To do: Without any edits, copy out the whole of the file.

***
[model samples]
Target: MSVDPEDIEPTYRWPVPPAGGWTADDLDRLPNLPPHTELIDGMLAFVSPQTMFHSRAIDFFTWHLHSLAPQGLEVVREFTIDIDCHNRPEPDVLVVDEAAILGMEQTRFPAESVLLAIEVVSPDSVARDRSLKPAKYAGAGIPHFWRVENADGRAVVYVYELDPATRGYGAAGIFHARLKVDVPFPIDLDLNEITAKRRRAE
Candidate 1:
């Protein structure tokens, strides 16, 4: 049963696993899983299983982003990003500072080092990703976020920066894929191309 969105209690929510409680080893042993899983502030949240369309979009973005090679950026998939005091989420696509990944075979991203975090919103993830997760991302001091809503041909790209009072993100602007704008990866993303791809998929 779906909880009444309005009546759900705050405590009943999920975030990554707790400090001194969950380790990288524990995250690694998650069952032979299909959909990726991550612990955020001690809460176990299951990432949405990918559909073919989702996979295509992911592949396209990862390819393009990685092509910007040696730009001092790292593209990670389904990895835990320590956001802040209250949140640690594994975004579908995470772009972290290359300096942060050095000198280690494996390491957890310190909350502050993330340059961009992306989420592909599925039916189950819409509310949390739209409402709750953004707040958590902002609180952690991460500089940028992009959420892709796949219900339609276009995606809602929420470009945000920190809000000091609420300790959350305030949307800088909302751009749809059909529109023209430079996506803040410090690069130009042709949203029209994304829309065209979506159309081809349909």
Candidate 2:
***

[model samples]
Target: MSVDPEDIEPTYRWPVPPAGGWTADDLDRLPNLPPHTELIDGMLAFVSPQTMFHSRAIDFFTWHLHSLAPQGLEVVREFTIDIDCHNRPEPDVLVVDEAAILGMEQTRFPAESVLLAIEVVSPDSVARDRSLKPAKYAGAGIPHFWRVENADGRAVVYVYELDPATRGYGAAGIFHARLKVDVPFPIDLDLNEITAKRRRAE
Candidate 1:
């Protein structure tokens, strides 16, 4: 049963696993899983299983982003990003500072080092990703976020920066894929191309 969105209690929510409680080893042993899983502030949240369309979009973005090679950026998939005091989420696509990944075979991203975090919103993830997760991302001091809503041909790209009072993100602007704008990866993303791809998929 779906909880009444309005009546759900705050405590009943999920975030990554707790400090001194969950380790990288524990995250690694998650069952032979299909959909990726991550612990955020001690809460176990299951990432949405990918559909073919989702996979295509992911592949396209990862390819393009990685092509910007040696730009001092790292593209990670389904990895835990320590956001802040209250949140640690594994975004579908995470772009972290290359300096942060050095000198280690494996390491957890310190909350502050993330340059961009992306989420592909599925039916189950819409509310949390739209409402709750953004707040958590902002609180952690991460500089940028992009959420892709796949219900339609276009995606809602929420470009945000920190809000000091609420300790959350305030949307800088909302751009749809059909529109023209430079996506803040410090690069130009042709949203029209994304829309065209979506159309081809349909």
Candidate 2: